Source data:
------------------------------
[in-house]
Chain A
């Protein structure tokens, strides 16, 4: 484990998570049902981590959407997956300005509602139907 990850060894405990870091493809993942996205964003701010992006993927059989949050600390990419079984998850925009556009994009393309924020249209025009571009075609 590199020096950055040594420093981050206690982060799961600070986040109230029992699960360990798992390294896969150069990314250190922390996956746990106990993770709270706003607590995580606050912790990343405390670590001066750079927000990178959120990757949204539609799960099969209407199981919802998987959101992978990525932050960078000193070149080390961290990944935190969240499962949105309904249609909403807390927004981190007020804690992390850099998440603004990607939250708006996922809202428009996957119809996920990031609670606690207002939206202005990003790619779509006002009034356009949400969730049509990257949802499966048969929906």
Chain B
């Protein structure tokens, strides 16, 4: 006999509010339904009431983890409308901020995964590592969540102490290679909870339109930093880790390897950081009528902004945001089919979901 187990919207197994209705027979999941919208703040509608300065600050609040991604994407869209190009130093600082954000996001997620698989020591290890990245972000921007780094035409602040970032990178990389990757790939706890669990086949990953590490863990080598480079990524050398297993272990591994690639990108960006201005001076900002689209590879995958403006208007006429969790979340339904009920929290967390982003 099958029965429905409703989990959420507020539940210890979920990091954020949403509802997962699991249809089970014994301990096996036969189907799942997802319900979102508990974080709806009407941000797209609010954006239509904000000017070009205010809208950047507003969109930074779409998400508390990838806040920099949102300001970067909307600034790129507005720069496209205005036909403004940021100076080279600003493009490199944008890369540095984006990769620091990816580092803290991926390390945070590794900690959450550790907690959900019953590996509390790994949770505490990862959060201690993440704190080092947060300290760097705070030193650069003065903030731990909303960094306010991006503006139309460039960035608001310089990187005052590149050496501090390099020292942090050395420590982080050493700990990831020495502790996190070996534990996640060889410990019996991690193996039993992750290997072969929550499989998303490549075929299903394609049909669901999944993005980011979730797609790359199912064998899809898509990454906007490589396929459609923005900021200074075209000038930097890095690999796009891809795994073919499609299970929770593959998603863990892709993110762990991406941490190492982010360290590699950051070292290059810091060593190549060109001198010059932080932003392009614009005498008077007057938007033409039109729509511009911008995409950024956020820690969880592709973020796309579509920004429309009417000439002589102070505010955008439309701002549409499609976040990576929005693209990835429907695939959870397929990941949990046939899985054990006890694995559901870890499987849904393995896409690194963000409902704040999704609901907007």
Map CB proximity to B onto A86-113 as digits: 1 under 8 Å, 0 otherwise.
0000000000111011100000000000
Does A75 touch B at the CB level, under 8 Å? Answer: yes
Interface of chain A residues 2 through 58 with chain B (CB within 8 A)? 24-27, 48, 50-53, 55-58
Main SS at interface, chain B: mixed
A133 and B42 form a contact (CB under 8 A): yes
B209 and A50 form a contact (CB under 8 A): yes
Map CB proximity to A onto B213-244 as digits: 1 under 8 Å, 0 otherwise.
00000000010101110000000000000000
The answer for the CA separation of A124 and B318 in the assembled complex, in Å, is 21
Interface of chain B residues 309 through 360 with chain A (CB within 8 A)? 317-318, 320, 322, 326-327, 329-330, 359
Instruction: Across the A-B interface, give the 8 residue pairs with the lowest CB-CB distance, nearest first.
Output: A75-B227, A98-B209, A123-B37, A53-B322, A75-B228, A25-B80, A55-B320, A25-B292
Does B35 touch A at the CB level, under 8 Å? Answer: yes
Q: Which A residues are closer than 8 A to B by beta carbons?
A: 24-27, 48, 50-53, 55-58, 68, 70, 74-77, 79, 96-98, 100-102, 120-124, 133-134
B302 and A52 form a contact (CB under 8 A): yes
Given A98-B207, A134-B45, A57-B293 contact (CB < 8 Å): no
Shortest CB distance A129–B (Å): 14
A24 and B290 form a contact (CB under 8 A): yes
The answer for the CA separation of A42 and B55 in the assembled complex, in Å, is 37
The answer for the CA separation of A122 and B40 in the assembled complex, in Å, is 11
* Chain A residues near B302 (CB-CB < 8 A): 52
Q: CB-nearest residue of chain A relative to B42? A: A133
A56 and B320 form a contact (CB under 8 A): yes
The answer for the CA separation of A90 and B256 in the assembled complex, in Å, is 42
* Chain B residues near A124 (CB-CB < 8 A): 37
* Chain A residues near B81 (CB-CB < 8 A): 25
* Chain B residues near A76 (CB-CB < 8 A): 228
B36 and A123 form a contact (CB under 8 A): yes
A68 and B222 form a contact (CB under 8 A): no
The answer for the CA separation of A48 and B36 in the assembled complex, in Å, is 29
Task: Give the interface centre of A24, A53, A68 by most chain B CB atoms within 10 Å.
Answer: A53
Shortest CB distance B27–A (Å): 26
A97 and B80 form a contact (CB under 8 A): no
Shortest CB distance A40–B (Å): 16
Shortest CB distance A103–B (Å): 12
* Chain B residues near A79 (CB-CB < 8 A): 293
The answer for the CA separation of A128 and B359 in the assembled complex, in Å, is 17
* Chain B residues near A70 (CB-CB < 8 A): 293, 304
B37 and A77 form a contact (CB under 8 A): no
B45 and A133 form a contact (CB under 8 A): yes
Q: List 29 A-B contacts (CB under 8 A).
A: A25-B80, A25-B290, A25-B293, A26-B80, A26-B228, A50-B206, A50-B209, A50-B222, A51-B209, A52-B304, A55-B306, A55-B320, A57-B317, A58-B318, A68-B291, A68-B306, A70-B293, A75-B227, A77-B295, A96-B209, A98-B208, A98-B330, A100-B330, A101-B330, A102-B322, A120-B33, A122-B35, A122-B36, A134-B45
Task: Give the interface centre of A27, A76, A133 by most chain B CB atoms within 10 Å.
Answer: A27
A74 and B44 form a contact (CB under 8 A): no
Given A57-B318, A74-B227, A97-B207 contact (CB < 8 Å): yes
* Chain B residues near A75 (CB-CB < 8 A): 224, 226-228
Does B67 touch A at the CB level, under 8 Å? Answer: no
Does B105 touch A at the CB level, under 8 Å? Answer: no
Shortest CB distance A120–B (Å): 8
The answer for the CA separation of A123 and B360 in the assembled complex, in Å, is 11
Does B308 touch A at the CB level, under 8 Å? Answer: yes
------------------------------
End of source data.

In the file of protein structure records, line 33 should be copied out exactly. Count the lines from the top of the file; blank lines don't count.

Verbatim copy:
* Chain A residues near B81 (CB-CB < 8 A): 25